Yes, the melting point of ocean salt is going to be lower than pure NaCl at 801 °C.
In sea water you don't have compounds but rather dissolved ions. Other than the most abundant Cl- and Na+ (in this order), sea water contains Mg2+, K+, Ca2+ and SO42- (not in this order). Thus, we can assume that the solid residue would be NaCl, MgCl2, CaCl2 and KCl.
Let's have a look at several phase diagrams, taken from http://www.crct.polymtl.ca/fact/pdweb.php:
So yes, adding additional cations other than Na+ will reduce the melting point. Note however, that you will get a lower melting point (solidus) and a higher melting point (liquidus) that in between you will have an equilibrium mixture of solid crystals and melt.
Other than Cl- there's also SO42- and CO32- (as both carbonate and bicarbonate). This will also lower the melting point:
The melting point of the sea salt mixture will be lower than the decomposition of the sulfates and carbonates, so you will dissolve them into the liquid salt rather than degas them as SO2 and CO2 (at least initially).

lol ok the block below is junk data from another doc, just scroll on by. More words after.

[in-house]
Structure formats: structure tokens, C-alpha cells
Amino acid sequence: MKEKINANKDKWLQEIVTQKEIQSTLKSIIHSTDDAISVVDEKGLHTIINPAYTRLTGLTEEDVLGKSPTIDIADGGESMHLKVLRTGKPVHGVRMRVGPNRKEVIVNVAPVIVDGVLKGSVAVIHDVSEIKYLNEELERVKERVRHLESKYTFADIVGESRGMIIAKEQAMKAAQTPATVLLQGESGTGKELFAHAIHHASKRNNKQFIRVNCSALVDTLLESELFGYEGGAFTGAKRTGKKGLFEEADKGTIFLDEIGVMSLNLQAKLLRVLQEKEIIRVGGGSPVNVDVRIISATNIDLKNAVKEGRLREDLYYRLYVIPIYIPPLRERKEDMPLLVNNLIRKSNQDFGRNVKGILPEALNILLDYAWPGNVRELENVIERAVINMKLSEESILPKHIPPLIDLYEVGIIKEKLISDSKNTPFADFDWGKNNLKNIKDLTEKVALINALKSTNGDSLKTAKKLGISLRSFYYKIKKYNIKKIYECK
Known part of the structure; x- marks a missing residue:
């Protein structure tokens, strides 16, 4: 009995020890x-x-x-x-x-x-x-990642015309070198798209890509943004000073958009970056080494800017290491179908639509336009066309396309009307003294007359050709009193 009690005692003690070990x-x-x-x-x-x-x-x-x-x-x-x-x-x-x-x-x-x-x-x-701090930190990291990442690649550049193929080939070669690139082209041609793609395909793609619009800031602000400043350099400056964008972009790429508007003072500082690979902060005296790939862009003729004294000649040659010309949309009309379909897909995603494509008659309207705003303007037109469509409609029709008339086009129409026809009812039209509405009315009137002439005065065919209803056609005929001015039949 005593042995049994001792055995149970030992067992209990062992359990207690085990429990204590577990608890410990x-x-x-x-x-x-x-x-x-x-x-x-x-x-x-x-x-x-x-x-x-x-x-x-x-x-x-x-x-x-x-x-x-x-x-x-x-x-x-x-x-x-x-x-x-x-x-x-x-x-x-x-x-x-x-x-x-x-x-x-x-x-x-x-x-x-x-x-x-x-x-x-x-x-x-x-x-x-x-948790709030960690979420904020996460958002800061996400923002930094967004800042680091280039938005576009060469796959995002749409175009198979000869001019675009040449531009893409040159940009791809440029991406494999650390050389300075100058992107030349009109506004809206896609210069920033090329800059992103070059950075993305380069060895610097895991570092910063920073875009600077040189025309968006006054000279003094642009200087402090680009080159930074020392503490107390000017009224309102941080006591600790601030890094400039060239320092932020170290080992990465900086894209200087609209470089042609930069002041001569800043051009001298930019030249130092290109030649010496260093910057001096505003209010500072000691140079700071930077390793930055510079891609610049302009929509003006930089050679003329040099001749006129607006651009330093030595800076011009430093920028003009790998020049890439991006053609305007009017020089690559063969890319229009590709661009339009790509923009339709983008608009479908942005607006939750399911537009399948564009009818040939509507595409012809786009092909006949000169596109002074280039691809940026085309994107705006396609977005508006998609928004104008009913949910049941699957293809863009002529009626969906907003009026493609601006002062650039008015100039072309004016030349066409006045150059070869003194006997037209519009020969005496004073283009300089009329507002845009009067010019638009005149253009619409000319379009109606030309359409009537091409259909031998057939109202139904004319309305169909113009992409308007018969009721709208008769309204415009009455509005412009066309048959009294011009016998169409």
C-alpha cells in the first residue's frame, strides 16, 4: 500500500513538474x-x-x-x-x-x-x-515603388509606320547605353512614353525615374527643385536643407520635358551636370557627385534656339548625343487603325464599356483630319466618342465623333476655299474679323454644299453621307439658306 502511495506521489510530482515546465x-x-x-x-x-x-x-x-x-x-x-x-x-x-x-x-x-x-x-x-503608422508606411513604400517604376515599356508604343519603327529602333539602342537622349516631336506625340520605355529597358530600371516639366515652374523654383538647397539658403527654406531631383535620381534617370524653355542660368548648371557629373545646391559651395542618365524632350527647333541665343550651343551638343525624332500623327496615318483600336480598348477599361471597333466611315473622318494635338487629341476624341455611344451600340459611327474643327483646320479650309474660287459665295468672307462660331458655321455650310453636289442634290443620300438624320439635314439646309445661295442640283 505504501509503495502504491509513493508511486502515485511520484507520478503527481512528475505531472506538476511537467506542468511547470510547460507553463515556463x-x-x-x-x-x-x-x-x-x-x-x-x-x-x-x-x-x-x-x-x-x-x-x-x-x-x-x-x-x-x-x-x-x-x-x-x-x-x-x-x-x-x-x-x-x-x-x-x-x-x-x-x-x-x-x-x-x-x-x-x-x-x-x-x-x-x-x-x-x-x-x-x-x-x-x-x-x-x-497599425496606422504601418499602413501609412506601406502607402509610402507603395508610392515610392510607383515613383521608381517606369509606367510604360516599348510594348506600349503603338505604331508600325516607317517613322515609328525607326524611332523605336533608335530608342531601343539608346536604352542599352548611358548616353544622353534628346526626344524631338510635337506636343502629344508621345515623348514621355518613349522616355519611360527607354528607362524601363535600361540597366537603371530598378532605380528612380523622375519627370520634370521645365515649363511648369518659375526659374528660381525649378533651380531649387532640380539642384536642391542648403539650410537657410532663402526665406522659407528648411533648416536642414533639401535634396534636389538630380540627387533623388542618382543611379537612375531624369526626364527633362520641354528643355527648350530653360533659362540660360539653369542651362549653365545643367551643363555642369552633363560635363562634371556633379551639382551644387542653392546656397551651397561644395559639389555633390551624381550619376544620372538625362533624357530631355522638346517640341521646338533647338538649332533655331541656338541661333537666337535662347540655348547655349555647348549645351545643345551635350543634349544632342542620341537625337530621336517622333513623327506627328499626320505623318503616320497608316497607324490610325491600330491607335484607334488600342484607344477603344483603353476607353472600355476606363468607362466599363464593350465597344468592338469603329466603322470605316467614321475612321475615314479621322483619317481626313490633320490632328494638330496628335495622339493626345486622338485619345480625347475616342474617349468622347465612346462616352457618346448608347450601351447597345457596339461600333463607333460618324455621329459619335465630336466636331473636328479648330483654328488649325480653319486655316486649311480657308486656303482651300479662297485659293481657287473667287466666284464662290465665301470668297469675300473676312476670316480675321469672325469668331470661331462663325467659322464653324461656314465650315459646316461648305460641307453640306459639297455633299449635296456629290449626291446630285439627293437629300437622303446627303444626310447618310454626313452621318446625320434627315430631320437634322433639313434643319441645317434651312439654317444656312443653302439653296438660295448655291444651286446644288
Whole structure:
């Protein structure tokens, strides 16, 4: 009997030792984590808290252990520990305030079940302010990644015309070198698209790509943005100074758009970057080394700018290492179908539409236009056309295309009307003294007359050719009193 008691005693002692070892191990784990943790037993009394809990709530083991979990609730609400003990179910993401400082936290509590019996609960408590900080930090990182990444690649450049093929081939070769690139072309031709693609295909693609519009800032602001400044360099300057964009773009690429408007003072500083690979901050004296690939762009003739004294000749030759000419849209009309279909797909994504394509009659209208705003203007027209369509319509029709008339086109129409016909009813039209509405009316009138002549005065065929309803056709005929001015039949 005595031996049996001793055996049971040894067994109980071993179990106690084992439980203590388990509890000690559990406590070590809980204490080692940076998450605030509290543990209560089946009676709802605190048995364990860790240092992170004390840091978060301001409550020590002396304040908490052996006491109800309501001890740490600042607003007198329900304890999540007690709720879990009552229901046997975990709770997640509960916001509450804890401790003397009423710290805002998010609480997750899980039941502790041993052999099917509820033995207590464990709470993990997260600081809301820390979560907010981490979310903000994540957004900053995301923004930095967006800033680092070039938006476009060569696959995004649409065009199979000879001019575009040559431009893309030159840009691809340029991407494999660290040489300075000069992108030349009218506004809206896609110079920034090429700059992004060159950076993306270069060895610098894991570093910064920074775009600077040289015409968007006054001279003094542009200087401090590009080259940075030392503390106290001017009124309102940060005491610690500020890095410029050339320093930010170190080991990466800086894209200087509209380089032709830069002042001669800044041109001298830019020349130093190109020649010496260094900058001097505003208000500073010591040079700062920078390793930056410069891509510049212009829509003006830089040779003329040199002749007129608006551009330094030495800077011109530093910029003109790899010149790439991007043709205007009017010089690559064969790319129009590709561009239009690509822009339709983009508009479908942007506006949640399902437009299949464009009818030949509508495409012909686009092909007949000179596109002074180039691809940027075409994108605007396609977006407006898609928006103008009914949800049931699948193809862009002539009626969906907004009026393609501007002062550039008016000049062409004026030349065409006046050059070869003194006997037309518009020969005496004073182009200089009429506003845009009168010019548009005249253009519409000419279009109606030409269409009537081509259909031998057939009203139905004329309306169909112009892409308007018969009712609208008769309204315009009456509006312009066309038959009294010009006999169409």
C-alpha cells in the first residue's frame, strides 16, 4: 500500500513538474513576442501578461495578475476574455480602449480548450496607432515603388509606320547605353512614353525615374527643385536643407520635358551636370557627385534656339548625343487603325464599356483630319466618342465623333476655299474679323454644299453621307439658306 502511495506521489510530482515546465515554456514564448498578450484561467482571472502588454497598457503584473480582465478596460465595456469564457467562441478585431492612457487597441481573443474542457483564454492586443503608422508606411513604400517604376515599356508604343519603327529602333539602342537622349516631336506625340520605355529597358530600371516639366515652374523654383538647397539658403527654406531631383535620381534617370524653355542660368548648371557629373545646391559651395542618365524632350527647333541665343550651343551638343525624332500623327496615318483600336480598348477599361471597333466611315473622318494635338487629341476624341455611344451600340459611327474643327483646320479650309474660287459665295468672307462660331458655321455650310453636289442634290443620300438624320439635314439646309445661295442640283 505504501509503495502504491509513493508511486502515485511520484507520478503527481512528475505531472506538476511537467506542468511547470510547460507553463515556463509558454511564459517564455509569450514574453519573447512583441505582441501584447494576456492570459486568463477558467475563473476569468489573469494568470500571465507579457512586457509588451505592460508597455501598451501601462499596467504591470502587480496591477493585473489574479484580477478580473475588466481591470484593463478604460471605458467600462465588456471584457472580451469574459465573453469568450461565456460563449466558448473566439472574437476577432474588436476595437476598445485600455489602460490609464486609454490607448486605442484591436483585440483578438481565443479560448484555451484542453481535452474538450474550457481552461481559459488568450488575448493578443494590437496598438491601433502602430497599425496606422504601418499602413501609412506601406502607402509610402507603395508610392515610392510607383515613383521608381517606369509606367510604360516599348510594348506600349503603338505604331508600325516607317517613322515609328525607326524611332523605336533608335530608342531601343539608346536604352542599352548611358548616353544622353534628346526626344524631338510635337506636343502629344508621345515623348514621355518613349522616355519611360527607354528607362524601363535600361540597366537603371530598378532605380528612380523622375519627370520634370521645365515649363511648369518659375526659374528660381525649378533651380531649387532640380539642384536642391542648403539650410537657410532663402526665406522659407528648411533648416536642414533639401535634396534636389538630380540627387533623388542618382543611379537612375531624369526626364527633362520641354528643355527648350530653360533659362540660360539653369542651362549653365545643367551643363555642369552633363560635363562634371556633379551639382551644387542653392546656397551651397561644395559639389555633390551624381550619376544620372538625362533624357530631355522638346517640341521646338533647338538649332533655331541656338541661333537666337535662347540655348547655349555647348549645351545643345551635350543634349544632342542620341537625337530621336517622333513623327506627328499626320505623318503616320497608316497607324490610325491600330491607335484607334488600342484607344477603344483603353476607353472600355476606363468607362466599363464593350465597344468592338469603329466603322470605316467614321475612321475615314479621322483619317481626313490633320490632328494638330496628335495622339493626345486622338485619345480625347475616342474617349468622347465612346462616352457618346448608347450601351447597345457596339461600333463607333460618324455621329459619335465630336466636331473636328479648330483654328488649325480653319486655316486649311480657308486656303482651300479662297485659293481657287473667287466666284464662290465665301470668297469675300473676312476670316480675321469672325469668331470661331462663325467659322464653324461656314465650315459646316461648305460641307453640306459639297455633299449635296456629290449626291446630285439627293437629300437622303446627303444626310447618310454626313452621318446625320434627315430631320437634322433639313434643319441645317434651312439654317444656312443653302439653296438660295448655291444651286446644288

It's also interesting to see that as you heat the mixture, you will end up with intermediate compounds, such as (Na,K)Cl and (Na,Mg)Cl. As to the exact melting point of the mixture, I couldn't find any experimental data in my quick search. It is possible that thermodynamic modeling would be able to give a prediction. But remember, as the mixture is eventually dominated by NaCl it will not be too far off from the melting point of the pure compound. My uneducated guess is that you will only start seeing any significant melting at around 700 °C and above.
Note of caution - if you do decide to actually melt sea salt, be sure to take the necessary precautions. Even though SO2 will mostly dissolve in the melt, some of it will degas. Molten halides are extremely corrosive and will react with atmospheric moisture, sometimes explosively. They will react with your crucible, possibly causing leakage of really nasty stuff. Unless you know what and how you're doing it, don't do it.